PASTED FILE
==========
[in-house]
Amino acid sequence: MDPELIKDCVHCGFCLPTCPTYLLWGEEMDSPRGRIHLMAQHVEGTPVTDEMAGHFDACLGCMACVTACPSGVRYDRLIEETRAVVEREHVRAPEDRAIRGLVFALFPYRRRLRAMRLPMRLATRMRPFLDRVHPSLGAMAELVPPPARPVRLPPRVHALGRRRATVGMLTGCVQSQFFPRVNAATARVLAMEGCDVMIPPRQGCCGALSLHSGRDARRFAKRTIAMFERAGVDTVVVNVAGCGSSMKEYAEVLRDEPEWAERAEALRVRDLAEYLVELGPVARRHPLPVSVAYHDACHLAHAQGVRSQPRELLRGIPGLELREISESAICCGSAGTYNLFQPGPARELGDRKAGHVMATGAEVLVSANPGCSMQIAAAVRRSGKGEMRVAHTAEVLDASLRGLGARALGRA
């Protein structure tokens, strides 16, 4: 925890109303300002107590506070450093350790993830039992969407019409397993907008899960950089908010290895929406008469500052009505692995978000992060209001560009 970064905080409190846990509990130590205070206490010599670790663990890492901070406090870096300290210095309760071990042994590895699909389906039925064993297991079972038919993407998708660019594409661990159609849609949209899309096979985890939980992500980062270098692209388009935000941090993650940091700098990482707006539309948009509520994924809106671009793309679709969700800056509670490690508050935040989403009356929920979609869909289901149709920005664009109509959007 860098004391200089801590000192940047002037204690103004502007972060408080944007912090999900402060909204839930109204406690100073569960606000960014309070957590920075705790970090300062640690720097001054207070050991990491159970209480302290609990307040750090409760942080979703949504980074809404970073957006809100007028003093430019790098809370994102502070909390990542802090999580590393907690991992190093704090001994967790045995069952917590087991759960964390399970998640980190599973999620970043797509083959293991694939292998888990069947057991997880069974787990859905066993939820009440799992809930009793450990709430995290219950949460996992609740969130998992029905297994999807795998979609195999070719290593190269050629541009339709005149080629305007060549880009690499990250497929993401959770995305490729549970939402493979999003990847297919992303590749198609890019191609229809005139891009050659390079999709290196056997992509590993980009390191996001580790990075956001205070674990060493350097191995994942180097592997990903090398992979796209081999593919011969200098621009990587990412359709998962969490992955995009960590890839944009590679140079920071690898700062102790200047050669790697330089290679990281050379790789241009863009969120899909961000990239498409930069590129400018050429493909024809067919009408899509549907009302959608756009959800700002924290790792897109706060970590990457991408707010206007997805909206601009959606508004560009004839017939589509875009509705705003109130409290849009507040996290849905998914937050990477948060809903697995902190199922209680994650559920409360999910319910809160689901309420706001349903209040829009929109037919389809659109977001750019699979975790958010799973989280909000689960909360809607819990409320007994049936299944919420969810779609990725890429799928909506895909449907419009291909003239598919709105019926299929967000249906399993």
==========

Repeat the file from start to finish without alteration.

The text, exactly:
[in-house]
Amino acid sequence: MDPELIKDCVHCGFCLPTCPTYLLWGEEMDSPRGRIHLMAQHVEGTPVTDEMAGHFDACLGCMACVTACPSGVRYDRLIEETRAVVEREHVRAPEDRAIRGLVFALFPYRRRLRAMRLPMRLATRMRPFLDRVHPSLGAMAELVPPPARPVRLPPRVHALGRRRATVGMLTGCVQSQFFPRVNAATARVLAMEGCDVMIPPRQGCCGALSLHSGRDARRFAKRTIAMFERAGVDTVVVNVAGCGSSMKEYAEVLRDEPEWAERAEALRVRDLAEYLVELGPVARRHPLPVSVAYHDACHLAHAQGVRSQPRELLRGIPGLELREISESAICCGSAGTYNLFQPGPARELGDRKAGHVMATGAEVLVSANPGCSMQIAAAVRRSGKGEMRVAHTAEVLDASLRGLGARALGRA
């Protein structure tokens, strides 16, 4: 925890109303300002107590506070450093350790993830039992969407019409397993907008899960950089908010290895929406008469500052009505692995978000992060209001560009 970064905080409190846990509990130590205070206490010599670790663990890492901070406090870096300290210095309760071990042994590895699909389906039925064993297991079972038919993407998708660019594409661990159609849609949209899309096979985890939980992500980062270098692209388009935000941090993650940091700098990482707006539309948009509520994924809106671009793309679709969700800056509670490690508050935040989403009356929920979609869909289901149709920005664009109509959007 860098004391200089801590000192940047002037204690103004502007972060408080944007912090999900402060909204839930109204406690100073569960606000960014309070957590920075705790970090300062640690720097001054207070050991990491159970209480302290609990307040750090409760942080979703949504980074809404970073957006809100007028003093430019790098809370994102502070909390990542802090999580590393907690991992190093704090001994967790045995069952917590087991759960964390399970998640980190599973999620970043797509083959293991694939292998888990069947057991997880069974787990859905066993939820009440799992809930009793450990709430995290219950949460996992609740969130998992029905297994999807795998979609195999070719290593190269050629541009339709005149080629305007060549880009690499990250497929993401959770995305490729549970939402493979999003990847297919992303590749198609890019191609229809005139891009050659390079999709290196056997992509590993980009390191996001580790990075956001205070674990060493350097191995994942180097592997990903090398992979796209081999593919011969200098621009990587990412359709998962969490992955995009960590890839944009590679140079920071690898700062102790200047050669790697330089290679990281050379790789241009863009969120899909961000990239498409930069590129400018050429493909024809067919009408899509549907009302959608756009959800700002924290790792897109706060970590990457991408707010206007997805909206601009959606508004560009004839017939589509875009509705705003109130409290849009507040996290849905998914937050990477948060809903697995902190199922209680994650559920409360999910319910809160689901309420706001349903209040829009929109037919389809659109977001750019699979975790958010799973989280909000689960909360809607819990409320007994049936299944919420969810779609990725890429799928909506895909449907419009291909003239598919709105019926299929967000249906399993």